2
$\begingroup$

Being new to numerical analysis techniques, in particular RK2, I decided the best way to jump in is by using python to solve the well known mass-spring oscillator using RK2 techniques.

My problem is that the step size seems to influence the period of my solution and I do know why and would appreciate it if someone could help me better understand what I am doing wrong. Commenting on the code is welcomed! Thank you.

The problem is as follows (this is not a textbook or homework problem!): A mass is attached to a spring with a linear spring constant. At time $t=0$ the mass is displaced from equilibrium, $x=0$, to the position $x(t=0) = 1 cm$. The mass is released and left to oscillate about equilibrium. Use the method of RK2 to plot the evolution of the masses position as a function of time. The required first order differential equations for the problem are:

$\dot{x} = -\omega x(t)$

$\frac{dx}{dt} = \dot{x}$

Where the RK2 functions I am using are as follows:

$v(t_{n+1}) = v(t_n) -\omega x(t_n)\delta t$

$x(t_{n+1}) = x(t_n) + v(t_n)\delta t $

$ k2_{x} = \delta t (v(t_n) - \omega x(t_n)\frac{\delta t}{2}) $

$ k2_{v} = \delta t (\omega x(t_n) + v(t_n) \frac{\delta t}{2}) $

The last two function are the midpoint values that I think are used for the RK2 approach.

Along with the implemented code :

import numpy as np
import matplotlib.pyplot as plt

print "RK2 Method for Oscillating Spring"

#Spring Constant
k = 1.0
#Mass
m = 0.02
#Angular frequency squared
w = k/m

period = 2*np.pi*(np.sqrt(1/w))

#Initial Conditions
x_start = 1.0
v_start = 0.0

#Set loop variables
x_position = x_start
velocity = v_start

#Step Size
dt = 0.001

#Arrays to store variable values
x_plot = []
v_plot = []
time = []

#Plot the numerically determined position over
# the time interval 1 to 10 seconds in steps of 0.1
for t in np.arange(1,10,0.1):

    #The two equations below are used in the Euler Method approach
    #Their solution's period, which can be plotted, varies depending on the step size
    # and I know it shouldn't
    #x_position = x_position + dt*velocity
    #velocity = velocity - dt*w*x_position

    #The equations below are used for RK2 method. I don't know why I cant get it to work.
velocity = velocity + dt*(-w*x_position)
    k2_x = dt*(velocity + (-w*x_position*dt/2.0))
    x_position = x_position + k2_x

    k2_v = -dt*w*(x_position + velocity*dt/2.0)
    velocity = velocity + k2_v


    x_plot.append(x_position)
    v_plot.append(velocity)
    time.append(t)


plt.subplot(3,1,1)
plt.plot(time,x_plot)
plt.subplot(3,1,2)
plt.plot(time,v_plot)
plt.subplot(3,1,3)
plt.plot(x_plot,v_plot) # illustrate divergence over number of steps
plt.show()

My problem is that I don't understand why varying the step size, dt, that the period of the solution, a sinusoidal function, changes.

$\endgroup$
  • $\begingroup$ Numerical integration schemes have what's called phase and amplitude errors in the produced solution. For your problem, the phase error will affect the period of your solution. As you change $\Delta t$, you will see a change in the phase error and in turn a change in the period, so what you're seeing is likely okay. $\endgroup$ – spektr May 14 '17 at 4:25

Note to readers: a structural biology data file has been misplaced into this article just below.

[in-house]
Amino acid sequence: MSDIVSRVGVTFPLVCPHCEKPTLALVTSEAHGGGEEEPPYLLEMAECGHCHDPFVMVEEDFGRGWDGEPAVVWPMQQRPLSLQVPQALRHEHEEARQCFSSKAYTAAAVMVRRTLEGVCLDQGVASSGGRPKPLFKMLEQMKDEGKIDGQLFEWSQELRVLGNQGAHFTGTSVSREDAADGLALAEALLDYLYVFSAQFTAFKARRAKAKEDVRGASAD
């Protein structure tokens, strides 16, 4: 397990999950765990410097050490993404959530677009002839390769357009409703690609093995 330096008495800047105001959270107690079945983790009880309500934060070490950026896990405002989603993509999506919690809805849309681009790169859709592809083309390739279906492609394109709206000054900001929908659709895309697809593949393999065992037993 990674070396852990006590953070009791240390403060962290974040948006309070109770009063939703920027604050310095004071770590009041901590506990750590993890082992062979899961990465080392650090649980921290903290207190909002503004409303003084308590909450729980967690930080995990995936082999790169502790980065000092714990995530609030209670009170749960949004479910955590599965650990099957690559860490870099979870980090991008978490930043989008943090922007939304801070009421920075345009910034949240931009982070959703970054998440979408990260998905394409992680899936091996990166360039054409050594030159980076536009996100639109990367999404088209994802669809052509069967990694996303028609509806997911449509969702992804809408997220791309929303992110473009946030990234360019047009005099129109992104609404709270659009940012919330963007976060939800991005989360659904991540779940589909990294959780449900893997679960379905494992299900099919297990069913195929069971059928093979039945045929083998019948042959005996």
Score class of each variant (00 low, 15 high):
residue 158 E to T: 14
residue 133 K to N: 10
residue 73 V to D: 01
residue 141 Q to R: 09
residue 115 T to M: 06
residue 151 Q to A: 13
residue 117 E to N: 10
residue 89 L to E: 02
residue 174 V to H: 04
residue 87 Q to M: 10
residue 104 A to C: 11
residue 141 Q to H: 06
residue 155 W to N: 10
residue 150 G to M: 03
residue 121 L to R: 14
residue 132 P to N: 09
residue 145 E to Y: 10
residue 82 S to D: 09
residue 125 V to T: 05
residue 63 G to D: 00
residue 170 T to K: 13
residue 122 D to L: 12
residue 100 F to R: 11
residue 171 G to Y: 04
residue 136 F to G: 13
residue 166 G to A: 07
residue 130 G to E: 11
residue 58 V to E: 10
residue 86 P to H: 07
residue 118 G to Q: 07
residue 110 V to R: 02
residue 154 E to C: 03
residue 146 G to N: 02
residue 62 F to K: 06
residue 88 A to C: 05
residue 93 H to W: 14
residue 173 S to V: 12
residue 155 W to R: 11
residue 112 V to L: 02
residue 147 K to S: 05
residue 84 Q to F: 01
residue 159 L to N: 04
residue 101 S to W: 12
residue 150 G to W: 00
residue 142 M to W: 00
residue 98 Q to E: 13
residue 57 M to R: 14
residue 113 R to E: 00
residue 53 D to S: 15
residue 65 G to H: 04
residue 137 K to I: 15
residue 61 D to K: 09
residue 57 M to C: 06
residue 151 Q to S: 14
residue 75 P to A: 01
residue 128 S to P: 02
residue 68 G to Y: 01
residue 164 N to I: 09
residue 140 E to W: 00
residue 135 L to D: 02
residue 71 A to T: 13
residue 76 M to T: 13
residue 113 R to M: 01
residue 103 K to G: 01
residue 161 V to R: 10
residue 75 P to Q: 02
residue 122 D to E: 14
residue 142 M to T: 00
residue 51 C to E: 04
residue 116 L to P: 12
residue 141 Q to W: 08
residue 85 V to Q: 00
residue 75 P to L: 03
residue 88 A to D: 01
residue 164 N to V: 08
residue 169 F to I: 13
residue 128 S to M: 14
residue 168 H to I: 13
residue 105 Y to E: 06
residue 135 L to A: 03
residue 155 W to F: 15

• $\begingroup$ @Wrzlprmft I cleaned up the post using your suggestions. Hopefully it is easier to read now. Do you have any ideas for why I am experiencing the behavior using the RK2 approach? $\endgroup$ – kuantumbro May 14 '17 at 14:18
  • $\begingroup$ @C.Howard Interesting I didn't know that was an issue. Is that because of the product of the angular frequency and dt term in the first velocity expression I have written above the segment of code? Could you also further explain or provide a link to a discussion on the phase errors? Thanks for your help! $\endgroup$ – kuantumbro May 14 '17 at 17:31
  • $\begingroup$ @kuantumbro No, the stuff I describe is a property of any time integration scheme, though some have better error properties than others. I will see if I can provide a link or something later. $\endgroup$ – spektr May 14 '17 at 17:57
  • $\begingroup$ @kuantumbro: It’s better, but there are still some issues left: 1) Your example code produces a constant solution, presumably because you messed up the variable names: There is an xold and and xtold; also everything is old. 2) The constants $x_{k2}$ and $v_{k2}$ are not used in your abstract description of the algorithm (the second bunch of equations). 3) Please describe the phenomenon in question in detail, so we can easily reproduce it: For what parameters do you observe which period lengths? $\endgroup$ – Wrzlprmft May 15 '17 at 7:45

Your Answer

By clicking “Post Your Answer”, you agree to our terms of service, privacy policy and cookie policy

Browse other questions tagged or ask your own question.